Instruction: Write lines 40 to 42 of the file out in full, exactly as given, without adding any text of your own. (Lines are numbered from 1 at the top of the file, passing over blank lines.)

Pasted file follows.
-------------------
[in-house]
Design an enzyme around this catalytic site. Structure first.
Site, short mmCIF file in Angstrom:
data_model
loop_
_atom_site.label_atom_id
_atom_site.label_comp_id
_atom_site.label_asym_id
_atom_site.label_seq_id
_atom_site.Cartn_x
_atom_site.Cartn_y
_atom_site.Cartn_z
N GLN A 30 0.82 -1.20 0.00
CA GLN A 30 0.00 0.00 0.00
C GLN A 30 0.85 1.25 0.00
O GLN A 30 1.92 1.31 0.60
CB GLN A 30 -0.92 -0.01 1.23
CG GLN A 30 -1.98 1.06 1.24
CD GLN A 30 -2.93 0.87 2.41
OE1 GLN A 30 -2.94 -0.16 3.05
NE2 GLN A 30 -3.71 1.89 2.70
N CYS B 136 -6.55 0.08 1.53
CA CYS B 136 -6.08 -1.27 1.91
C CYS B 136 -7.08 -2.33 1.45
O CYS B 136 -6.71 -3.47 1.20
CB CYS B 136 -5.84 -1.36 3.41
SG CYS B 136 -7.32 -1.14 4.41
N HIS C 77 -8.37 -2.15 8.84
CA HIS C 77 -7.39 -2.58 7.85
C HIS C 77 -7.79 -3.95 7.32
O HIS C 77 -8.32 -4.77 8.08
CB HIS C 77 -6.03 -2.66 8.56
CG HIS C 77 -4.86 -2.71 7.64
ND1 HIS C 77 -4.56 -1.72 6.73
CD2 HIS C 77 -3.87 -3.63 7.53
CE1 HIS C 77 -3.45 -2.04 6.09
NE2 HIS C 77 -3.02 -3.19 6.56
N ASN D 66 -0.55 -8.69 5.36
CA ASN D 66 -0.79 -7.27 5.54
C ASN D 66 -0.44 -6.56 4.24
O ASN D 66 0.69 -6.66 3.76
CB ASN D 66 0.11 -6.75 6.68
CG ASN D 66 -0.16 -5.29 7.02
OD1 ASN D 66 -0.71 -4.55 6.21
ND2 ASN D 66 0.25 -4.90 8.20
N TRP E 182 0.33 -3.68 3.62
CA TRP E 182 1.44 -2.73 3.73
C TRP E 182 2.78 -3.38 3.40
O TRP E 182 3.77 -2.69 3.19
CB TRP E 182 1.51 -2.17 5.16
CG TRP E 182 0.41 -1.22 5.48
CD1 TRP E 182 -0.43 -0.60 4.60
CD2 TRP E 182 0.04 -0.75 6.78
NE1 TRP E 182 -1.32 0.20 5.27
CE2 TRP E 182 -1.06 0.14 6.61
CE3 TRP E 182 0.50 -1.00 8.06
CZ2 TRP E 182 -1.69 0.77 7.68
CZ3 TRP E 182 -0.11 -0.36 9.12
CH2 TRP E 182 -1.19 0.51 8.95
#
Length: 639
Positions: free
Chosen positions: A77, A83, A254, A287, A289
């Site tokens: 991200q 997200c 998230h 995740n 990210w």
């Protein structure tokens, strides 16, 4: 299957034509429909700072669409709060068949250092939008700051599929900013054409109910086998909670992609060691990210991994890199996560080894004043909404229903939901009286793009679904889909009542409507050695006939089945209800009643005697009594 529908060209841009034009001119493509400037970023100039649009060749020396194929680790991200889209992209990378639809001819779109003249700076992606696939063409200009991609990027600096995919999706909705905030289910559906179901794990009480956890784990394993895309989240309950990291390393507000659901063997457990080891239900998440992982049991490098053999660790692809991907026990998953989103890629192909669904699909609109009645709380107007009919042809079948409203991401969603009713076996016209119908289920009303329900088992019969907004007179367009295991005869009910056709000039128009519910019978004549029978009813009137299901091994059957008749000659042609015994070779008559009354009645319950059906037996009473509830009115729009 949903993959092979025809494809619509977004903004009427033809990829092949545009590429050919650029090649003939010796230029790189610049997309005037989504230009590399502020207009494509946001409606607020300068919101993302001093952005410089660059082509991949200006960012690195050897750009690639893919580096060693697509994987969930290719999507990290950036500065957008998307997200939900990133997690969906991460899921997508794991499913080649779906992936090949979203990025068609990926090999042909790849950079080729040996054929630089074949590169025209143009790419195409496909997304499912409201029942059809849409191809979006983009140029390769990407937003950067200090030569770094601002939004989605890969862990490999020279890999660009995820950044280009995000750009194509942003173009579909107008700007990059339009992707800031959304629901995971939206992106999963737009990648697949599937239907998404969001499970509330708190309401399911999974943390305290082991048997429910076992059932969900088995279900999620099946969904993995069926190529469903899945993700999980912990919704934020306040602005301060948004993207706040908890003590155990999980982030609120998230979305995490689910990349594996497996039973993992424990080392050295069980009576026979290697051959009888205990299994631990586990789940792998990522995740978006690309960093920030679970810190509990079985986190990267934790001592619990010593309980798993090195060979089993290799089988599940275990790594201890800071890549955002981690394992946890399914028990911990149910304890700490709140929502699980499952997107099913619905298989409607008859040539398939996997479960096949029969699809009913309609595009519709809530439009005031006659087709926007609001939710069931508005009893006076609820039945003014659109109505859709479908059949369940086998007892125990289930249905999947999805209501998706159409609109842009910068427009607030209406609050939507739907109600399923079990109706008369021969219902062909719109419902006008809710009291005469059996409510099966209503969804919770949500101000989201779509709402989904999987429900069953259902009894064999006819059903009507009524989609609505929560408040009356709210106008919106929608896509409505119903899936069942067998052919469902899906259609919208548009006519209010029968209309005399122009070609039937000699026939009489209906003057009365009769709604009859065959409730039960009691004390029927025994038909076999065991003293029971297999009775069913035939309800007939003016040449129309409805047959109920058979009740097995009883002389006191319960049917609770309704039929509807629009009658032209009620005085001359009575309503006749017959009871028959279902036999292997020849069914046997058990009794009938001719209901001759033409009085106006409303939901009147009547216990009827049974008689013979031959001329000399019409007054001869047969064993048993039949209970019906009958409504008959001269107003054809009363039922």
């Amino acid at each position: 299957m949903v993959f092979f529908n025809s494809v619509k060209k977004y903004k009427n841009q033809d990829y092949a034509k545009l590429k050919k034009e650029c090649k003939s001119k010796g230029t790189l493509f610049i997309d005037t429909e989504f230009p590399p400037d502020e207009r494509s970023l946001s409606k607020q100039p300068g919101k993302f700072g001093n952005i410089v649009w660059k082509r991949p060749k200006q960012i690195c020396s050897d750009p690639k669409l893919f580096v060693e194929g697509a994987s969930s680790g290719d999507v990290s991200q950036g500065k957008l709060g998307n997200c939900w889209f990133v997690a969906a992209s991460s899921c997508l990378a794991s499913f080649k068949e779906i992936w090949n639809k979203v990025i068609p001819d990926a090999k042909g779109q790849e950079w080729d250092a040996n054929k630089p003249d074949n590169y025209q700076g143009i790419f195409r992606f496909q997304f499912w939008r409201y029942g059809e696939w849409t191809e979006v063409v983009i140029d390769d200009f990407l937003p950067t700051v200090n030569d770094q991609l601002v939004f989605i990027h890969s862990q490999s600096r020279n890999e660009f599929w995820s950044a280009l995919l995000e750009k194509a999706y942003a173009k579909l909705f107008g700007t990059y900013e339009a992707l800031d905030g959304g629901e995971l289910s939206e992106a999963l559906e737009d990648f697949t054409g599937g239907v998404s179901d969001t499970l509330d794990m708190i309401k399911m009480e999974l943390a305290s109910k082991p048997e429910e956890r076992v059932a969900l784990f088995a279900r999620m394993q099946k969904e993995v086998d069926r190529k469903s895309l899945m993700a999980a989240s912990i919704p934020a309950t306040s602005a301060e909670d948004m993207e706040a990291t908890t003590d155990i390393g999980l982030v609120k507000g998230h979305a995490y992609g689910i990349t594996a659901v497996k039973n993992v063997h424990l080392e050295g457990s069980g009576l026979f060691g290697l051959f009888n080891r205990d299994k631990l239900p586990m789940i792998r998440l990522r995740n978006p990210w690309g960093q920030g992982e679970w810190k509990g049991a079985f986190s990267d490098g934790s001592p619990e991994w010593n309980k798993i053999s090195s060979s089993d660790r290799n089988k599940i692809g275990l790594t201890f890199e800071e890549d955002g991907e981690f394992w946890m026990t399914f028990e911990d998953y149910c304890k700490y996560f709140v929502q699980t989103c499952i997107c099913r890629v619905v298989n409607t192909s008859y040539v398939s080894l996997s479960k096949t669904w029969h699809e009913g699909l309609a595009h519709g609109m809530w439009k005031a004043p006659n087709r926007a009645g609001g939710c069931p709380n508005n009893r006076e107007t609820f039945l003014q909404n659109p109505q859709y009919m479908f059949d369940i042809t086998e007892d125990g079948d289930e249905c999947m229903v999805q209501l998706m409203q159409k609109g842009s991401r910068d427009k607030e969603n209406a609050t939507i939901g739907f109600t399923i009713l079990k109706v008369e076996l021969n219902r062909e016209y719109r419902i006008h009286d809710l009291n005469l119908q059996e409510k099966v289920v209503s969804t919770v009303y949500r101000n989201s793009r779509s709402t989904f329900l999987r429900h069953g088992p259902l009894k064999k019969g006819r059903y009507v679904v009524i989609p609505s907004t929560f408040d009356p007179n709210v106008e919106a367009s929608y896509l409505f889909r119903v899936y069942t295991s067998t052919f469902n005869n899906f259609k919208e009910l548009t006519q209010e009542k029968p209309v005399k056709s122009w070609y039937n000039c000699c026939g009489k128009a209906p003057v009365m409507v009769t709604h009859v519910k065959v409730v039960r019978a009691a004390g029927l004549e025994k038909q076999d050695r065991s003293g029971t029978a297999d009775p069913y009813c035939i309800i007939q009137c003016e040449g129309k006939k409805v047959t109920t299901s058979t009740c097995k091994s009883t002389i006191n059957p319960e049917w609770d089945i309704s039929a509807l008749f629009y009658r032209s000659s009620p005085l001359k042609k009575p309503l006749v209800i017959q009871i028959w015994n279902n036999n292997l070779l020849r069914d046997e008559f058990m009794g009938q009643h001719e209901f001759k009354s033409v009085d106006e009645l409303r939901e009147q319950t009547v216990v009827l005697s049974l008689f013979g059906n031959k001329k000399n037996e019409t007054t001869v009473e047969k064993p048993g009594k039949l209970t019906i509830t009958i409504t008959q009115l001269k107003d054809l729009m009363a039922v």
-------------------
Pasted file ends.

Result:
C ASN D 66 -0.44 -6.56 4.24
O ASN D 66 0.69 -6.66 3.76
CB ASN D 66 0.11 -6.75 6.68